*Busy, lazy, procrastinating… in addition to a whole heap of other synonyms to explain / excuse my lack of commitment to running these days. As you’ll know, I’ve taken a break from the half marathon distance for the summer with my biggest race being the Vitality British 10km in London on Sunday 10th July. I’m pretty sure I’m not the only person on the planet who is “too busy” to train 5 times a week so I put together a 10km training plan which will get you round the distance on race day at a minimum. Don’t expect PB’s cos we all know you get out what you put in, but you can expect to enjoy your event…
The plan is a really basic one, that hopefully even I can manage to adhere to. It’s so simple, based on just two runs per week; one long run and one interval session.
The Long Runs For Your 10km Training
The aim of this run is to get your legs used to the distance. 10km isn’t exactly the longest distance but the plan is tailored to running it, building up gradually over 7 weeks until race day (at the time of writing this post, we have just under 5 weeks remaining)
GET YOUR FREE RACE PREP DOWNLOAD HERE:
One of the most popular posts on the blog in the past couple of years is the 6 Day Race Day Preparation Guide which gives you one simple task to handle each day in the week leading up to your race or event. Essentially, I wrote it for myself as a way to get organised, ensure I cover all my bases and then have something to refer to each and every time I race which could also be updated with feedback shared with me!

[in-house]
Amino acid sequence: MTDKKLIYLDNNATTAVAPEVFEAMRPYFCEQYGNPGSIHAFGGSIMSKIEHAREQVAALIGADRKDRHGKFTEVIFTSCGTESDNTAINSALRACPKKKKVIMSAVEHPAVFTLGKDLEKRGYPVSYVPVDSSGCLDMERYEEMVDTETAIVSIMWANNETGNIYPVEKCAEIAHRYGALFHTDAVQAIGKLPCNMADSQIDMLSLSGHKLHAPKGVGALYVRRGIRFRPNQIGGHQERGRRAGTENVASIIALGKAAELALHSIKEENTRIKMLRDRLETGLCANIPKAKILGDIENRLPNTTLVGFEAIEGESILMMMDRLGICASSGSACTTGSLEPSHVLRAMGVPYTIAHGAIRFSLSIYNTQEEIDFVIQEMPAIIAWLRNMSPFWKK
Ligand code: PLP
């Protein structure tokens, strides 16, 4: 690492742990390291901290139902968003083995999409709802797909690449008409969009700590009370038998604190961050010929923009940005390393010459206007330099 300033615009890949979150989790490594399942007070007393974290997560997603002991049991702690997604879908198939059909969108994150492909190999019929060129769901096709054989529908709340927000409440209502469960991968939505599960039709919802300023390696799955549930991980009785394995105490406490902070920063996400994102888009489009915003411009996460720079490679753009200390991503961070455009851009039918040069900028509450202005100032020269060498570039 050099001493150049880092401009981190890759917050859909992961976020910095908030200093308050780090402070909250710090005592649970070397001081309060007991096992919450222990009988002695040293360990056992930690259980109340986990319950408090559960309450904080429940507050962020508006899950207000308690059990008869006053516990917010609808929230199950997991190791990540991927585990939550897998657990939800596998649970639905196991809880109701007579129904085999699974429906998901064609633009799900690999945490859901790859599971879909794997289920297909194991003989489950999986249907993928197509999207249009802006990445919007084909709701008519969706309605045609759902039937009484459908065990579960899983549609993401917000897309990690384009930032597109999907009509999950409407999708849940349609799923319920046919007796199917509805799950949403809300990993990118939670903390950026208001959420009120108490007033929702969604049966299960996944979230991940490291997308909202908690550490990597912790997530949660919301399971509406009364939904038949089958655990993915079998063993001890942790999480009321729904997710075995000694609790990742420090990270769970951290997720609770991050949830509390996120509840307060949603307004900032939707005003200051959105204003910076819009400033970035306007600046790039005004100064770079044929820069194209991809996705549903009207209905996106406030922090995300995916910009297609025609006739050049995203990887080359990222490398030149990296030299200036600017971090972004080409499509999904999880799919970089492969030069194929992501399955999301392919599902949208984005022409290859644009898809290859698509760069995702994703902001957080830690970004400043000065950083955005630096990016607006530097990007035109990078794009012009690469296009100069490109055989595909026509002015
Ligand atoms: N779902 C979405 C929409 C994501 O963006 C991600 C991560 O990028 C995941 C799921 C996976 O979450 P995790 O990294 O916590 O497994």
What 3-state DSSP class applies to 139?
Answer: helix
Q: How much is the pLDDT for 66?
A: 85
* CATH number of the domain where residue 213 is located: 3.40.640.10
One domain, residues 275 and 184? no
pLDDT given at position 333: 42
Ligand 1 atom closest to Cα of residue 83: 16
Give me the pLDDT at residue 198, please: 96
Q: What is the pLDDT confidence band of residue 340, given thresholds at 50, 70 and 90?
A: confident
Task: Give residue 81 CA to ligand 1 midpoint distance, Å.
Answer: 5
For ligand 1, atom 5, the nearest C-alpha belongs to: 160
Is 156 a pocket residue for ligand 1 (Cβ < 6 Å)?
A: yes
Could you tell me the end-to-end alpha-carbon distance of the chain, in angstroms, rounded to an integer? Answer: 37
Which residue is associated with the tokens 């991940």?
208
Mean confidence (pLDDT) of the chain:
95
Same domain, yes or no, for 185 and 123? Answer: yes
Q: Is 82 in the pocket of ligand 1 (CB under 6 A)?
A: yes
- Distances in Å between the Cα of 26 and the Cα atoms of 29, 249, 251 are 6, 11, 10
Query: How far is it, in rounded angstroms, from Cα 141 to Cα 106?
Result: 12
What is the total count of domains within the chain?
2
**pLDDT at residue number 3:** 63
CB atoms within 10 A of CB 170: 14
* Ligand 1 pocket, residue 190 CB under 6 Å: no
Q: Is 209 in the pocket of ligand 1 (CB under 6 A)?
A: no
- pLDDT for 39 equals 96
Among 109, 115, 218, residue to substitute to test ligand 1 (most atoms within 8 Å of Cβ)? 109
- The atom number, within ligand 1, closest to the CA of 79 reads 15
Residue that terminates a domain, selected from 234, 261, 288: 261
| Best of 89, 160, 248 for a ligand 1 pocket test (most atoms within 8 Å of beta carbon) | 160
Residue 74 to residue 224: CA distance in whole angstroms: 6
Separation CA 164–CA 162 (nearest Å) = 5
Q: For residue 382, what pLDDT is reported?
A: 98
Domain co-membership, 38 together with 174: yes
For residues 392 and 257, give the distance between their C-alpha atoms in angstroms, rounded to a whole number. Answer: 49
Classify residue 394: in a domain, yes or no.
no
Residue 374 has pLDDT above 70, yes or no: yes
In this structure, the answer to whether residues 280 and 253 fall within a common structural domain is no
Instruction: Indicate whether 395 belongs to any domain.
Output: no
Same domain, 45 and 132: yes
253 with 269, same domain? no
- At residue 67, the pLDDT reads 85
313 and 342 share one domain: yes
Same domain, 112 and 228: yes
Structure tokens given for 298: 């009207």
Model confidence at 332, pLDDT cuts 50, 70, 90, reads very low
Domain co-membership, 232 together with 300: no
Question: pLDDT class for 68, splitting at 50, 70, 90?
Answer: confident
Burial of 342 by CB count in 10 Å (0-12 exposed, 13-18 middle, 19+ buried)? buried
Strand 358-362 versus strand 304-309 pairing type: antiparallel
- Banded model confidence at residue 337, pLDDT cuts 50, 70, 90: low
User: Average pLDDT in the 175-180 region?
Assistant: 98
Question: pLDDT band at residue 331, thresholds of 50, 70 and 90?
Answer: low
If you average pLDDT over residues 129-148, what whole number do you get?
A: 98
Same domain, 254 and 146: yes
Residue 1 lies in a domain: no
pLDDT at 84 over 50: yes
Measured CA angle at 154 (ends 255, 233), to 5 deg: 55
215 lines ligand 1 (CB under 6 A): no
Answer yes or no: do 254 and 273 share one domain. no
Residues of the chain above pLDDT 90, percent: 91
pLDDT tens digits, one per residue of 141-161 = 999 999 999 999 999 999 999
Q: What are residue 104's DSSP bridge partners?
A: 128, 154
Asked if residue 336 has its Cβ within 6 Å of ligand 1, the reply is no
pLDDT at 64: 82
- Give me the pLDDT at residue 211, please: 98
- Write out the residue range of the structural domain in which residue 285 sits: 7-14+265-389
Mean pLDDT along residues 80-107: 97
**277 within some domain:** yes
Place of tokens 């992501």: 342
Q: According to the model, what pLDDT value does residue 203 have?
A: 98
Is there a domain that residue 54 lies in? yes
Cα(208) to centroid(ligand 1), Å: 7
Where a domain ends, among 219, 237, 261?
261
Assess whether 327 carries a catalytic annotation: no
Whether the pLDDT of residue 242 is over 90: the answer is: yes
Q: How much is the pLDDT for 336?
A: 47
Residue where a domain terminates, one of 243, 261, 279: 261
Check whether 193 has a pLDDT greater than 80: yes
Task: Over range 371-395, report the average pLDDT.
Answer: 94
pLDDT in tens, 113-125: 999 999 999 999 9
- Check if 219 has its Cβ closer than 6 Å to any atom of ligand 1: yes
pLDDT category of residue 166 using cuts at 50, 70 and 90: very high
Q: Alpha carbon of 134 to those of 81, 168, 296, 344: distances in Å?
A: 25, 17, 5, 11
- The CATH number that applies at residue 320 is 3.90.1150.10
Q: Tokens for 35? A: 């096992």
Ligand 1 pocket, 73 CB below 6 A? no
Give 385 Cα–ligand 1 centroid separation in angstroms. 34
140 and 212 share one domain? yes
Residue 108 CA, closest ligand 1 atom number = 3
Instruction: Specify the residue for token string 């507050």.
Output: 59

The Interval Sessions For Your 10km Training
Intervals are used to increase anaerobic threshold levels (your ability to run hard without going into an oxygen deficit). These sessions also improve your endurance (the length of time you can hold your pace), and help to build muscle strength. There are so many variations of intervals you can run but I will mix up my sessions with both long (800m – 1500m) and short (200m – 400m) intervals. Once I get closer to race day, I’ll be doing more long intervals than short. I’ll run these intervals at 10kmph (a 60 minute 10km pace) and faster.
Rest periods will be approx half the distance for a long interval, and the same amount of time for the effort of the short interval.
I’m currently on week 3 of training, but still actually have to catch up on week two (I know, I know). I kicked off with a 3.68km run around London with Olympic Athlete Perri Shakes-Drayton who has just been announced as the official race starter for the British 10km. This counts as my week two long one, so I just need to do two short interval sessions and 4 miles for a long run to fully catch up (I have the Olympic Park 5km booked for this Sunday so that will do!). I’m using my TomTom Runner 2 Cardio & Music to track all my training – I think it automatically uploads to Strava too so you can join me on there if you’re into that kinda thing or are also training for this race!
I’ll be mixing up my interval sessions with classes at Barry’s Bootcamp, 1Rebel, Best’s Bootcamp and FRAME whose classes all incorporate lots of fast treadmill running and some strength work. One of the main reasons I’m only running twice a week is because there are so many other things I want to do too including Reformer Pilates, road biking, spin classes and HIIT training. There are only seven days in a week sadly, and rest also needs to be scheduled.
What kinda 10km training plan do you usually use?! Ever run just twice a week?!